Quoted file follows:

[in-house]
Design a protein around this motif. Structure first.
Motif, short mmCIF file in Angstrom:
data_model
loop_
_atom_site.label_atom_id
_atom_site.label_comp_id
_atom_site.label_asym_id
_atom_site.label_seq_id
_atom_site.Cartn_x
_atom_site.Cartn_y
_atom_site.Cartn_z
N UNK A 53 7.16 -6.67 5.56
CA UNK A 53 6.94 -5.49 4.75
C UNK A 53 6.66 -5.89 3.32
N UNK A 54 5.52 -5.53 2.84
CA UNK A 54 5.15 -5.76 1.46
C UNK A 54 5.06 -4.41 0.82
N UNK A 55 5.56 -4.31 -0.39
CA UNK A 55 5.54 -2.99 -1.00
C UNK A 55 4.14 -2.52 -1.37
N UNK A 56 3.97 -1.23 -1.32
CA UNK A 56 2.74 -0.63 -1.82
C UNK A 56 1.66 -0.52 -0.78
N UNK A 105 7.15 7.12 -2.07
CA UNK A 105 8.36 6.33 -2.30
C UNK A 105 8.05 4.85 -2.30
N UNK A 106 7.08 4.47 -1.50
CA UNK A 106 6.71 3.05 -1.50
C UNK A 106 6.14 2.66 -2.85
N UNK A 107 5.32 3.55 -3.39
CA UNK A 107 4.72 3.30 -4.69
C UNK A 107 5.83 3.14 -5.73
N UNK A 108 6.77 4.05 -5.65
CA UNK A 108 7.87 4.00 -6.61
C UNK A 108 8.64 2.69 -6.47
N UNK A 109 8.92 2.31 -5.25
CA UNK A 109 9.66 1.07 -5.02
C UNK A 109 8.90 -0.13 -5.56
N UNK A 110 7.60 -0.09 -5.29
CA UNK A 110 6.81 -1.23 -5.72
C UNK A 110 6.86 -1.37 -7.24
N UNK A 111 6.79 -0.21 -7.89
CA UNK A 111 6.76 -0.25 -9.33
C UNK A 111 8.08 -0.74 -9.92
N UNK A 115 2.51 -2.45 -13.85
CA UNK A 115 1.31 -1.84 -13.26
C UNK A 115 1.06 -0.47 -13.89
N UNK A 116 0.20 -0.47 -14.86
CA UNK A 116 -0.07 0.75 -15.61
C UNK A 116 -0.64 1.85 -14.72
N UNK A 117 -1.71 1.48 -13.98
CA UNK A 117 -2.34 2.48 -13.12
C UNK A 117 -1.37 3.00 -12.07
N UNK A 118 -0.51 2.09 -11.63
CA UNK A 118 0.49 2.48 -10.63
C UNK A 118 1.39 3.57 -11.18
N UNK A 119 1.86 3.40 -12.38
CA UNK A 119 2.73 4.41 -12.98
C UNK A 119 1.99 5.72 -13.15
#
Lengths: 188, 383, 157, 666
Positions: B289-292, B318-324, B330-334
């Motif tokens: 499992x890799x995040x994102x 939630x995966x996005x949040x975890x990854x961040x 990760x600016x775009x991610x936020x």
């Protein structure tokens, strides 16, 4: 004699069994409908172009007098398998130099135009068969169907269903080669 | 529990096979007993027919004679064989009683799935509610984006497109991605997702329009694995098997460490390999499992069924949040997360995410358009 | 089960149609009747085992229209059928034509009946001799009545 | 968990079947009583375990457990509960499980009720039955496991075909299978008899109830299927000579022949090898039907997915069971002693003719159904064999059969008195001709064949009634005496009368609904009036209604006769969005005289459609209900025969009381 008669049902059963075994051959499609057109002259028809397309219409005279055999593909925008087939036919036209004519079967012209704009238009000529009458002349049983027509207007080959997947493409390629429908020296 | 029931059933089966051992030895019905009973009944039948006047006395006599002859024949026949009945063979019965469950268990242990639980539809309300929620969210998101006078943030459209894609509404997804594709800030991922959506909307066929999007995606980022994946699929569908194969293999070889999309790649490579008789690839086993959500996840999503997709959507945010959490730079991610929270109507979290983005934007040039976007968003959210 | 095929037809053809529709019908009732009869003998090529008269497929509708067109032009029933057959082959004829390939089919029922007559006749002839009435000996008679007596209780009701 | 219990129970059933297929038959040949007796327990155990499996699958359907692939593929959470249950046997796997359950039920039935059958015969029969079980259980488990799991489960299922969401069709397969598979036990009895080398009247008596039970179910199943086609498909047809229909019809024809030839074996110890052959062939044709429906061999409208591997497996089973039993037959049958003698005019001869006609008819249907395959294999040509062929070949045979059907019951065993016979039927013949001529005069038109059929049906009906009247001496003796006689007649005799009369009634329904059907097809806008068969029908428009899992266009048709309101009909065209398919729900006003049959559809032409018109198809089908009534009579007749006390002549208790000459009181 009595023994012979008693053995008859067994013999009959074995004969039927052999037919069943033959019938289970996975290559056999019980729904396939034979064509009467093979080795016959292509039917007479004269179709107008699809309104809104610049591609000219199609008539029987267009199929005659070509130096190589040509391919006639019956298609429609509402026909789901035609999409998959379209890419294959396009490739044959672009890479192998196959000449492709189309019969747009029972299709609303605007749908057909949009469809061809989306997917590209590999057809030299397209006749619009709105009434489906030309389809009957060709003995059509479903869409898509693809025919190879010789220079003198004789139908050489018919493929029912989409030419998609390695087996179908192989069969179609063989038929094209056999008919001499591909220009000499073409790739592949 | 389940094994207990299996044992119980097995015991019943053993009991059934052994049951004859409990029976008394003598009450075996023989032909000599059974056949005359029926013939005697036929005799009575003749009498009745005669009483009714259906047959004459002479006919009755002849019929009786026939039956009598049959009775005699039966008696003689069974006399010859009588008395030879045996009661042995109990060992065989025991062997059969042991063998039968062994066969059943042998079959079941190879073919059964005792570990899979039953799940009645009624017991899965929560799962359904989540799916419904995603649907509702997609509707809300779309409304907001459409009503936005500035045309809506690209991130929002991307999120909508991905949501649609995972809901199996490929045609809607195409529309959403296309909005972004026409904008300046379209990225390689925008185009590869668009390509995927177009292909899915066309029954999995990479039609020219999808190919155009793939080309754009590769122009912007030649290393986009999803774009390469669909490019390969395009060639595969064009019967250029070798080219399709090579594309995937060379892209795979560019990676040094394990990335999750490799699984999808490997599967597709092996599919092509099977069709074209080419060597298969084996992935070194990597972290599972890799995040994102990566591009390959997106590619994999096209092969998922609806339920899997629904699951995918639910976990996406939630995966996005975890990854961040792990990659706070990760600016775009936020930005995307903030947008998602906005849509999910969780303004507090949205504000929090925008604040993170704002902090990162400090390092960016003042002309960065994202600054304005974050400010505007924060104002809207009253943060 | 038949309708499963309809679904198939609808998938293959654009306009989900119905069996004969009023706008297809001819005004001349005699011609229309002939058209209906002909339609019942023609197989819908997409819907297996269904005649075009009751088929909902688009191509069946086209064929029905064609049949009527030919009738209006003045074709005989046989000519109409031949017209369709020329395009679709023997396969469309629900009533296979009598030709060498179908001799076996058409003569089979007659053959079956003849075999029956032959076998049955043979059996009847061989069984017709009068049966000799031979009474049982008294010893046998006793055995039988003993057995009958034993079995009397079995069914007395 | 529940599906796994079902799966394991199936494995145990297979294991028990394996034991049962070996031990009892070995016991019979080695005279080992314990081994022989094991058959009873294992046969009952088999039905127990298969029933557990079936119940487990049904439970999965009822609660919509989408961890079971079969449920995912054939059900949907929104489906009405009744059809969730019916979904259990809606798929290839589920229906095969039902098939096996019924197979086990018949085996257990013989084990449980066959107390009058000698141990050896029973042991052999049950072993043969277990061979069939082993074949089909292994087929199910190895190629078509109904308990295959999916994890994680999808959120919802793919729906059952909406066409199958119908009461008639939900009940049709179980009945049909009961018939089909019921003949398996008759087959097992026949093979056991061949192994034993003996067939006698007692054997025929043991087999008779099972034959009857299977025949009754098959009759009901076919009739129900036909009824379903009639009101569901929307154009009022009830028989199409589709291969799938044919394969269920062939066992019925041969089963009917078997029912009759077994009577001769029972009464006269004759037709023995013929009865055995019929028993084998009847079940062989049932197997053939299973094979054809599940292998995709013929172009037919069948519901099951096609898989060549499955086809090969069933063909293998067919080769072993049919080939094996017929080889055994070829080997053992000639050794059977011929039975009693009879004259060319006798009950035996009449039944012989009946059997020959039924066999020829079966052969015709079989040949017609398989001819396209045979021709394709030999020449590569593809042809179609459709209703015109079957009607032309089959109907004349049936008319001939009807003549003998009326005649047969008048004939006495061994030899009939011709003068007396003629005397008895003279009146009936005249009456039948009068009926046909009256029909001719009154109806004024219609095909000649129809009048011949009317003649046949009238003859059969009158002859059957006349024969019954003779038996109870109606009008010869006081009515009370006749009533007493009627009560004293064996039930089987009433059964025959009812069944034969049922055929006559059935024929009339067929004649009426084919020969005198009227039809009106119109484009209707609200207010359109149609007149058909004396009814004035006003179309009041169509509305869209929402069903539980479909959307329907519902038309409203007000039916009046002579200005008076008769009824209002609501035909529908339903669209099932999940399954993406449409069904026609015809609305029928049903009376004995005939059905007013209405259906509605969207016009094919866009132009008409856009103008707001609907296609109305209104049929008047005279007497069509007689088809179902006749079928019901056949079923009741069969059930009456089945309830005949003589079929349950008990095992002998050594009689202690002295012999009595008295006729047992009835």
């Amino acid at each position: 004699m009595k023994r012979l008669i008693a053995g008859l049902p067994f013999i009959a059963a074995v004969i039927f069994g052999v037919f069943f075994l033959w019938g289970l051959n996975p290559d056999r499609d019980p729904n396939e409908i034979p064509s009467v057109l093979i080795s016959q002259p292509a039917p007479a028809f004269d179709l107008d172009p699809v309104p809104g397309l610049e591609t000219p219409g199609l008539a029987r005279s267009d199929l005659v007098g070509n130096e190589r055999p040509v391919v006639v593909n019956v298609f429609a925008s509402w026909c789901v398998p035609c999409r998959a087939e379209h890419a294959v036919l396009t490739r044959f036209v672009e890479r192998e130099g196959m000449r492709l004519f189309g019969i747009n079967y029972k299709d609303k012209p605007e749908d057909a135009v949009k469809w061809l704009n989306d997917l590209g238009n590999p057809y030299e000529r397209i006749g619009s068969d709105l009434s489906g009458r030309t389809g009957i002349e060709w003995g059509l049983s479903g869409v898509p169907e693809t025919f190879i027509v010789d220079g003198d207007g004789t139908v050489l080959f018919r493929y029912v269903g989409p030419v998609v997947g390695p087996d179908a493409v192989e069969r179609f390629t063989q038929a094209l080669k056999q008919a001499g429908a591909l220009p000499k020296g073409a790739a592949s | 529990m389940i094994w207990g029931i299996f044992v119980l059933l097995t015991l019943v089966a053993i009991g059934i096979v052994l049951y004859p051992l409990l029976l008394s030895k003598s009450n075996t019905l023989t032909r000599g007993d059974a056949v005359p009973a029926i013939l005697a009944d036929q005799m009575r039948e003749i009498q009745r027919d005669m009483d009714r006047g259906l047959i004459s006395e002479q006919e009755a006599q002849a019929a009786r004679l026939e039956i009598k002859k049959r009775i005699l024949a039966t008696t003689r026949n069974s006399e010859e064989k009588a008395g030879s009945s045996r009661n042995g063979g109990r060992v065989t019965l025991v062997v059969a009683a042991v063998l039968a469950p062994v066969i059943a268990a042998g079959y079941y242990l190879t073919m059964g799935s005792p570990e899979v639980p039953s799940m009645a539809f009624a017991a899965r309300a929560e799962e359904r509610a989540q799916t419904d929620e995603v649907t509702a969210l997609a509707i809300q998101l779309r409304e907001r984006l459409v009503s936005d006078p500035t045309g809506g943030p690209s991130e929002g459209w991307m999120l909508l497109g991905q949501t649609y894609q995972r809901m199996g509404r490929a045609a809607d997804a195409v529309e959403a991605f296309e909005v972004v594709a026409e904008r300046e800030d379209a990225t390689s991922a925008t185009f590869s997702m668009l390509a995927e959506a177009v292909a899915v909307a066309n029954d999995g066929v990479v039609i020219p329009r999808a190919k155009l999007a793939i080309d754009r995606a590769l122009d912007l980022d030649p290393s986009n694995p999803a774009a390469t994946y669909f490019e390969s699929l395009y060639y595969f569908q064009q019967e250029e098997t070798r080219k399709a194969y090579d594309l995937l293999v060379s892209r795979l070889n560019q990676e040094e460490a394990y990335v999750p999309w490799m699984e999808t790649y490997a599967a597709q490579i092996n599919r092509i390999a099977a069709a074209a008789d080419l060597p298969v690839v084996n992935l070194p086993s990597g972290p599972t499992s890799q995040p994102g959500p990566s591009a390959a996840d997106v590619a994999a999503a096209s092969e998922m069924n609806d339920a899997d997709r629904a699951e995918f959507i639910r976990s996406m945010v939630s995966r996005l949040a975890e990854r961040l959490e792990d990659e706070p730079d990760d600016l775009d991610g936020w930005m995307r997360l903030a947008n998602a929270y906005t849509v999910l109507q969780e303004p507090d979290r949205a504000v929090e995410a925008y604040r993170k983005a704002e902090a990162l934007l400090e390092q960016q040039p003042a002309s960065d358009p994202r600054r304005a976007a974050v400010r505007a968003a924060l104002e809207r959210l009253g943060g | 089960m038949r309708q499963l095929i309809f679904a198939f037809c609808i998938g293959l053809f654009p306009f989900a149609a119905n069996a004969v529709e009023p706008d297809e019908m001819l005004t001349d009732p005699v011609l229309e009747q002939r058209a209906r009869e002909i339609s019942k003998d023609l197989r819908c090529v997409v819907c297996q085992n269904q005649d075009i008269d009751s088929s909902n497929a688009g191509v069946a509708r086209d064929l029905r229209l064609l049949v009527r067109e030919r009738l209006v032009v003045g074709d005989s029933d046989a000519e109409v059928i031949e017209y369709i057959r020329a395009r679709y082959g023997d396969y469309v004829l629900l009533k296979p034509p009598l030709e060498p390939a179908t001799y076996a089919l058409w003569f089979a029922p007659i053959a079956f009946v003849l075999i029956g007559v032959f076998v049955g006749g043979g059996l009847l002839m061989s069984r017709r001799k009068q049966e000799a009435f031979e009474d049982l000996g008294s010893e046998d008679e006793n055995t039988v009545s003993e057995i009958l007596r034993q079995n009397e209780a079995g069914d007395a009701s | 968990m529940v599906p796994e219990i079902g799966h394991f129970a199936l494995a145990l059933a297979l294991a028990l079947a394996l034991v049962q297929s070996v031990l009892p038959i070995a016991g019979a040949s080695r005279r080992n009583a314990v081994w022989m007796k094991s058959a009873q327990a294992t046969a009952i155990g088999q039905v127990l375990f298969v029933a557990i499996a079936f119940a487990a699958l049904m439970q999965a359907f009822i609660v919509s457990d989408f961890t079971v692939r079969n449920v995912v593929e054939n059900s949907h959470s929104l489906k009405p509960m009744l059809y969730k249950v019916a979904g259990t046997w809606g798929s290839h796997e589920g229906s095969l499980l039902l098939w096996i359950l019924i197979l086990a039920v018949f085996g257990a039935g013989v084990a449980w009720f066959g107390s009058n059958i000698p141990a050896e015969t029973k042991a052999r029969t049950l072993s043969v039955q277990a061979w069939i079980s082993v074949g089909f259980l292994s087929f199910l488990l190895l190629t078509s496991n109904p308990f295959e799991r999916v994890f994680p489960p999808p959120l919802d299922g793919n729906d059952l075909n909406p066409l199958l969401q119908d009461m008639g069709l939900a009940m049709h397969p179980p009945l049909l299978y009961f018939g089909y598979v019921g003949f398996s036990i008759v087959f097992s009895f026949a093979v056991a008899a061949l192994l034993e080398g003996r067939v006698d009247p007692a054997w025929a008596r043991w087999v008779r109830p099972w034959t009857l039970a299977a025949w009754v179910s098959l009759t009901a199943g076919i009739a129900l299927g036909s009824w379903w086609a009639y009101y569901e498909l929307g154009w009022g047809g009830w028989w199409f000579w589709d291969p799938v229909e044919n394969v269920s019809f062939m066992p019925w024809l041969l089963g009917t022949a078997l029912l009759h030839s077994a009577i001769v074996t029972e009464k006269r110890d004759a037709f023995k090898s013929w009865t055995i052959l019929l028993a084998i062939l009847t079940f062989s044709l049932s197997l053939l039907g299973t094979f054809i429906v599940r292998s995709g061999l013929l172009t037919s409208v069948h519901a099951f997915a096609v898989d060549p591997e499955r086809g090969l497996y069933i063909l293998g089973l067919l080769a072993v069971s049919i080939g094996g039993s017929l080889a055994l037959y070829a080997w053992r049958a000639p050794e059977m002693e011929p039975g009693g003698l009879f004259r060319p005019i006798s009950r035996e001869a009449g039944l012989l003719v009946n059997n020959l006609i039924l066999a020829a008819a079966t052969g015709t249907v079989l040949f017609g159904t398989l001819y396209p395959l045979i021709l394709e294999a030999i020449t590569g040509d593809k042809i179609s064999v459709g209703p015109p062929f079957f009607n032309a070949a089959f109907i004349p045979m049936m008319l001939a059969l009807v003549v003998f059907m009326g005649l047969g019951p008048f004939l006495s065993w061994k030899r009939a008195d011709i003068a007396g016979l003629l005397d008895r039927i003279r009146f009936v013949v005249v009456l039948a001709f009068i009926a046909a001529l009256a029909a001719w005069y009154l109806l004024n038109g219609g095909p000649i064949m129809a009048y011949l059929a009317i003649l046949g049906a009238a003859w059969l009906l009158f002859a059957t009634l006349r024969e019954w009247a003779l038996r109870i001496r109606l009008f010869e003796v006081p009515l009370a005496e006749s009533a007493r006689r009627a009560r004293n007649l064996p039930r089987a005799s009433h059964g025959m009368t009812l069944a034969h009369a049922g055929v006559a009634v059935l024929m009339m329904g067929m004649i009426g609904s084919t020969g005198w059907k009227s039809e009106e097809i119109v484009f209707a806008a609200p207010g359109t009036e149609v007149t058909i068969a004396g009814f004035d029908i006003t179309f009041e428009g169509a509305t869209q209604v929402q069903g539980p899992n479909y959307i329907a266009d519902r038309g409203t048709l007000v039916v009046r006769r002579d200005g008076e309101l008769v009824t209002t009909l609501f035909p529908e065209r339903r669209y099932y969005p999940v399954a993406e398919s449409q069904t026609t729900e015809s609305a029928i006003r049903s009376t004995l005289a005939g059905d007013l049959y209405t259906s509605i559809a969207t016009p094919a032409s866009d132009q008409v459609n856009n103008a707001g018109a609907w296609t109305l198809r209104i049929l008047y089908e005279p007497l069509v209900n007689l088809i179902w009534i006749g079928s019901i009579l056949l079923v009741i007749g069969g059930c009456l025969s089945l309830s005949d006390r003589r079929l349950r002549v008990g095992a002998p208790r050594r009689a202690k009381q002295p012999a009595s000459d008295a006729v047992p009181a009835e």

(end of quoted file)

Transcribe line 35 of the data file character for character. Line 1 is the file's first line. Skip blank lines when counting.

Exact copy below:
CA UNK A 108 7.87 4.00 -6.61